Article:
REIN: I remember that because it took us down for a weekend.
JAMES: Right. And it was really bad, right? But the write-up on that was FANTASTIC.
REIN: Yeah. And you got the sense that they didn’t realize that that was a potential problem but now they are more aware of that problem than anyone else in the universe. Because they’ve taken the time to really analyze the hell out of it. You trust them more now than you did before.
JAMES: Yeah. It was also… I felt like they said… like it helps you be aware that something like this could go wrong. Basically, they broke routing and that ended up taking down a massive portion of the internet. It was sad.
CHUCK: It’s because everybody uses Amazon, right?
JAMES: In a lot of ways. You’d be surprised how many things were affected by it. Like people uploading to S3, uploading images to S3, those would start failing. That because of the way certain extensions handled those failures, they would get exceptions and then we have like email us when an exception occurs but because that started happening in such a massive volume due to all the outages, then that caused other problems. I mean it’s a really trickledown effect.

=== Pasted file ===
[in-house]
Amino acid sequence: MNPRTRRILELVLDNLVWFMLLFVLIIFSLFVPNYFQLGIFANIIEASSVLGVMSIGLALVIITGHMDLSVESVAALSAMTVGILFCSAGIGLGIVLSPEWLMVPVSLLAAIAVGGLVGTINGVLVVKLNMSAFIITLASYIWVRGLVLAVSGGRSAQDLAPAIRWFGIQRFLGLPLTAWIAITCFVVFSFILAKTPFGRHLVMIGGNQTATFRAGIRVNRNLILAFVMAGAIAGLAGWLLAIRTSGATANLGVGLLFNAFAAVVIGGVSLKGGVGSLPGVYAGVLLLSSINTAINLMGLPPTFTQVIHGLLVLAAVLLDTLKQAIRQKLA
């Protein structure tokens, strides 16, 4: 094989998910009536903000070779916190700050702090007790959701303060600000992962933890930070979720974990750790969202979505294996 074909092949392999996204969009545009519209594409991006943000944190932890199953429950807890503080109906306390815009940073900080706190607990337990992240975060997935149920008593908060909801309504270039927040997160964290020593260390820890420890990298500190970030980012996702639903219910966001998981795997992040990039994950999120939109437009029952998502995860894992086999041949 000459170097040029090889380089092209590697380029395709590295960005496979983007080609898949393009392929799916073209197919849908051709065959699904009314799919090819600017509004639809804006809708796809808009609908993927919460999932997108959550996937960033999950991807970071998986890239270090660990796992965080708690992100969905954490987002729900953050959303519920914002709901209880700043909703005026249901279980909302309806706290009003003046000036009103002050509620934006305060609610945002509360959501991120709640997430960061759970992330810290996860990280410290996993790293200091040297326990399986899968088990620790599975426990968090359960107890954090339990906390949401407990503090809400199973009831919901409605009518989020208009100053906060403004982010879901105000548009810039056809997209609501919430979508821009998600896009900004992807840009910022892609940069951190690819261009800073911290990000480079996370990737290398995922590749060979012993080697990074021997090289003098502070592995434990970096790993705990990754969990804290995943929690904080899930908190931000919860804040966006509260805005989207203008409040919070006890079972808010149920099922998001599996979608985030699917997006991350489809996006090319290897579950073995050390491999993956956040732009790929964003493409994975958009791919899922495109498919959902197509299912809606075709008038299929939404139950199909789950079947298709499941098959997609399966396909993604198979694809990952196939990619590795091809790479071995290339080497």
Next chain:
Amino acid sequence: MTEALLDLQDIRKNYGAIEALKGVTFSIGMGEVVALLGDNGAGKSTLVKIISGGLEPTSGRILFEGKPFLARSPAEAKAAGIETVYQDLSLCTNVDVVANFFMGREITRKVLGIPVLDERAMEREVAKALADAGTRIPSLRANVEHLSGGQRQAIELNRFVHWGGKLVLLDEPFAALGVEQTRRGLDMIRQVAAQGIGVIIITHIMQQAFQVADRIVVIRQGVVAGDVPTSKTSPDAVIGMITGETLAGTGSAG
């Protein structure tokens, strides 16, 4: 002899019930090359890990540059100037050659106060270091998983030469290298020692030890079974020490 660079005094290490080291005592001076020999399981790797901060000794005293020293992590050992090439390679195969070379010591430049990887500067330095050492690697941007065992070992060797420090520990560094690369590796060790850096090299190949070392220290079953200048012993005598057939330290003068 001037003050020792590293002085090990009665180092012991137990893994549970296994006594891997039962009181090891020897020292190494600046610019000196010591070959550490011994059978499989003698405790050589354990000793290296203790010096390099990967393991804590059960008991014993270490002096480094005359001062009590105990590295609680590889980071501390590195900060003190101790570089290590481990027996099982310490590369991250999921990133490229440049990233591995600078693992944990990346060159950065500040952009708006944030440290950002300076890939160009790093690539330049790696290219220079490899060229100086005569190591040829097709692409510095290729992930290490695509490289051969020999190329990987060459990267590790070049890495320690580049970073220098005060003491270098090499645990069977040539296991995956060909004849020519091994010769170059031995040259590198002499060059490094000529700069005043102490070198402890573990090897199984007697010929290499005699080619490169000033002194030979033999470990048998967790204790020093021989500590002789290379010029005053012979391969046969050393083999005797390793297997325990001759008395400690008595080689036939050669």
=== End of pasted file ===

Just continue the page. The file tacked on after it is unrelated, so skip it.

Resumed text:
CHUCK: Interesting. Do you guys know where we can find that write-up? So people can go and look at it.
JAMES: Alright. I’ll look for on Google. It was on that blog, I think, after the whole…
REIN: I think it was their US West Availability Zone, I think. They’re EBS logins, it was a cascading failure of having… it’s like what you are saying. And essentially if they started trying to route data to new boxes but they’re bouncing algorithms were such that those boxes then became flooded and they went down that just cascaded from there.